Does Marijuana Use Affect Survival in Patients With Oropharyngeal Squamous Cell Carcinoma?
Posted: Monday, November 25, 2019
Although previous studies have suggested an association between marijuana use and human papillomavirus (HPV)-related oropharyngeal squamous cell carcinoma, no formal studies have evaluated differences in survival associated with marijuana use. Han Zhang, MD, FRCS, of McMaster University, Hamilton, Ontario, and colleagues did not find any differences in survival between patients with oropharyngeal squamous cell carcinoma who used marijuana and those who did not. Their study results, published in the Journal of Otolaryngology–Head & Neck Surgery, may impact de-escalation regimens and the use of marijuana as a therapeutic agent.
Using a prospectively collected database of patients with head and neck cancer, the investigators identified 47 patients with HPV-related oropharyngeal squamous cell carcinoma who used marijuana. The patients were case-matched 1:1 with those who did not use marijuana based on gender, age, and clinical stage classification.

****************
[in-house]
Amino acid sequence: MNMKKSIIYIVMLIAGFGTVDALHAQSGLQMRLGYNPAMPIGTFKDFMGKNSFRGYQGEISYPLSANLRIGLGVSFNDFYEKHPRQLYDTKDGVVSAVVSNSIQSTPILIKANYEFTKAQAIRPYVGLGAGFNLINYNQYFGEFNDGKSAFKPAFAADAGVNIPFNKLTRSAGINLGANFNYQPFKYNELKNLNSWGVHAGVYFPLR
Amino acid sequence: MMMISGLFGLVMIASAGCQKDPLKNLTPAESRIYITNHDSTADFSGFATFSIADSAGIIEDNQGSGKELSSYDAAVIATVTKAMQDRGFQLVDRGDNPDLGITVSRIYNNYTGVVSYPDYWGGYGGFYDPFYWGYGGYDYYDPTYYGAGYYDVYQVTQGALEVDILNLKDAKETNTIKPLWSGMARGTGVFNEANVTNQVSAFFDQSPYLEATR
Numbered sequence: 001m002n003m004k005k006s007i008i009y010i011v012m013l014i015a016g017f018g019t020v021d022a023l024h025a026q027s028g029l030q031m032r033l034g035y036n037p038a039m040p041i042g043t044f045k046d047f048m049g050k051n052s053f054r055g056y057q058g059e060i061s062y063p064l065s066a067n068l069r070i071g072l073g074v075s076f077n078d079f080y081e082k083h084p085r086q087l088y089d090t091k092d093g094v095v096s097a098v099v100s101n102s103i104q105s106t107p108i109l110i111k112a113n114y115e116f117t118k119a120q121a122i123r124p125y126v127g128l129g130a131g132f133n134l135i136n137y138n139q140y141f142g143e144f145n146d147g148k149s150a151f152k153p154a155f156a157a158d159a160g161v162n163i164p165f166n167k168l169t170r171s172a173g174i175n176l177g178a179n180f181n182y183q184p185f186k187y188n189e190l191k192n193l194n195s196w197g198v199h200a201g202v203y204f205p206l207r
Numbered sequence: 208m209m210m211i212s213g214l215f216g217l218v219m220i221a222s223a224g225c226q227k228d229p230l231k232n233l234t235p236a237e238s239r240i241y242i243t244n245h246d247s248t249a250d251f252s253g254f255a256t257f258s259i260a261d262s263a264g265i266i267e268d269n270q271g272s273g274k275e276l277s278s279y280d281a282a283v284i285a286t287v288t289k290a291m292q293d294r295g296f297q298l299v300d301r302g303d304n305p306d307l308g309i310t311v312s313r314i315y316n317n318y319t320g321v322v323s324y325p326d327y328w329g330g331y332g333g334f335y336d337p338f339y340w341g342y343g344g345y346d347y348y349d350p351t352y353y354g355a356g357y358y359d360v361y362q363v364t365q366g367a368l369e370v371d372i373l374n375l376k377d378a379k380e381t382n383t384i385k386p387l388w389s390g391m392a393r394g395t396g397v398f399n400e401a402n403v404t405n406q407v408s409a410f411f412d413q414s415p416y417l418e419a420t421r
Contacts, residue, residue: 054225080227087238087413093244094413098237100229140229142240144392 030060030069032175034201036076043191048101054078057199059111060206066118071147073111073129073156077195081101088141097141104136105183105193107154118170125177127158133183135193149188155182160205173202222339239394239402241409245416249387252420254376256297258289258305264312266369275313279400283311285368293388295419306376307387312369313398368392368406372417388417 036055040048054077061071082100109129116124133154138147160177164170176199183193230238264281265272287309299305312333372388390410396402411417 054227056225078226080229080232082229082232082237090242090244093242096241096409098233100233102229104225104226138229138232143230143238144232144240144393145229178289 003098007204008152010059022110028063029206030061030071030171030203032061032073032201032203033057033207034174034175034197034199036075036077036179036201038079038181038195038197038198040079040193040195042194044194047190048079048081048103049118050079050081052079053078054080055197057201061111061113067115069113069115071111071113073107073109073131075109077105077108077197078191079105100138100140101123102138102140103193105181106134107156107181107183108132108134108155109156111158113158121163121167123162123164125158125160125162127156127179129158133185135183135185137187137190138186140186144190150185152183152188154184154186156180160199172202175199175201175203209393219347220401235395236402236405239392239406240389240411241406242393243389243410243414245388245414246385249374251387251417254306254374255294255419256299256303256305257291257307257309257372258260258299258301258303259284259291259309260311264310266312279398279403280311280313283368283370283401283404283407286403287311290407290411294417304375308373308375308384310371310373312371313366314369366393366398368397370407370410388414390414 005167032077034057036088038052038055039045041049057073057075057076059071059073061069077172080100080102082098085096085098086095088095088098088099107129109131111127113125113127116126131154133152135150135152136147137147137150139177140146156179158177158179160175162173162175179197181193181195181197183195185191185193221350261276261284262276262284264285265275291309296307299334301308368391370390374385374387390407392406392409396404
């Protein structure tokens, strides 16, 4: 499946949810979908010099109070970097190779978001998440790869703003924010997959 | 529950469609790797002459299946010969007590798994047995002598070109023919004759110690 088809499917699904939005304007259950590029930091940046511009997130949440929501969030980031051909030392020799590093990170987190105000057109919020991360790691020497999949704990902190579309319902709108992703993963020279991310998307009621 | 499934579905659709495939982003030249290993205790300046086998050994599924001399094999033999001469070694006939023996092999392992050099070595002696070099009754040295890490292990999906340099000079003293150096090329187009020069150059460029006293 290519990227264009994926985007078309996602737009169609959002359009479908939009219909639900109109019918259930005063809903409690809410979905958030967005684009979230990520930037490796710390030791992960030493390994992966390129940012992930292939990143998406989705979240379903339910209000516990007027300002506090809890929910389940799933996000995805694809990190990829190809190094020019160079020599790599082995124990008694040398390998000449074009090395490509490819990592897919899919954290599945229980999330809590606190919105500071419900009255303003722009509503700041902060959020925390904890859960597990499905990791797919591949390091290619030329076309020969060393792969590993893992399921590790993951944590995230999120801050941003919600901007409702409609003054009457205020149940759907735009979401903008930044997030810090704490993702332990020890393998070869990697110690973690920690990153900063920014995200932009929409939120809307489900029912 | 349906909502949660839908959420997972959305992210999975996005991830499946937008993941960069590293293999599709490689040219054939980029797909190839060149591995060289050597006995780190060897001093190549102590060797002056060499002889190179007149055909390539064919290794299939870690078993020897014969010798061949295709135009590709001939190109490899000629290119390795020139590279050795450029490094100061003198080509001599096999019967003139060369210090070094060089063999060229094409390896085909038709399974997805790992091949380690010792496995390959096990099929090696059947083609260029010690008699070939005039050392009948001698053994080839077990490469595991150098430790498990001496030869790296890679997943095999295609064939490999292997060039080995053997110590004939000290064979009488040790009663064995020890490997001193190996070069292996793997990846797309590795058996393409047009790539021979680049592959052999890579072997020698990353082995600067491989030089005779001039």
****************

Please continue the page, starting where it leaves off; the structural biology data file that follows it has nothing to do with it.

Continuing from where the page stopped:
There appeared to be no significant difference between users and nonusers of marijuana in terms of 5-year overall survival (P = .40), disease-specific survival (P = .993), disease-free survival (P = .404), and metastasis-free survival (P = .384). Age, gender, and clinical T stage were predictive of disease recurrence in both users and nonusers (P < .5), whereas clinical N stage, treatment modality, tumor subsite, tobacco use, and tobacco dose were not considered to be predictive in these groups (P > .5).
Although this study did not observe any adverse events in patients with HPV-related oropharyngeal squamous cell carcinoma, the authors suggested that future studies with larger sample sizes should be performed to validate their findings.
Disclosure: The study authors reported no conflicts of interest.